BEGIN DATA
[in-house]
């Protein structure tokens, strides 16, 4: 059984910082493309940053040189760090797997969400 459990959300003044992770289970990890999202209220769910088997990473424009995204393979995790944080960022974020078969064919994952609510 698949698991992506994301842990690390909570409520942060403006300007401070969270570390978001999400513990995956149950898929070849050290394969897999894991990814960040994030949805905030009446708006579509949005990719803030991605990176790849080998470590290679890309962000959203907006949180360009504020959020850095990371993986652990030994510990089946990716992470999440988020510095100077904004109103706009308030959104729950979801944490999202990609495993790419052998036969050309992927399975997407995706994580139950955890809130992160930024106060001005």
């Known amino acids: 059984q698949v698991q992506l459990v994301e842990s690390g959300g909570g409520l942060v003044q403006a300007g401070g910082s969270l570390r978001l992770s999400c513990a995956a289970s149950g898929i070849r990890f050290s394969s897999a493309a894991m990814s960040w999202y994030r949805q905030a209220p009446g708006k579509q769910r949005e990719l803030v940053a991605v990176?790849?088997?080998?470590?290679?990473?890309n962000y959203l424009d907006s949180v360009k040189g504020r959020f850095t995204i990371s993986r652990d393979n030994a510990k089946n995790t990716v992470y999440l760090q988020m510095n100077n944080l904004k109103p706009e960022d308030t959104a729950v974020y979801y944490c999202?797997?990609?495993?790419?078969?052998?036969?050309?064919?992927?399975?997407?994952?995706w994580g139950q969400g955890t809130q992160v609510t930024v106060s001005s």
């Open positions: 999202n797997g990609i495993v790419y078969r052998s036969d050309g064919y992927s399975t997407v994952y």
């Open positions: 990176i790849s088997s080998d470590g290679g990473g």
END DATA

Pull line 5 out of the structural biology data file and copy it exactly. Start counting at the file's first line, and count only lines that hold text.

């Open positions: 990176i790849s088997s080998d470590g290679g990473g």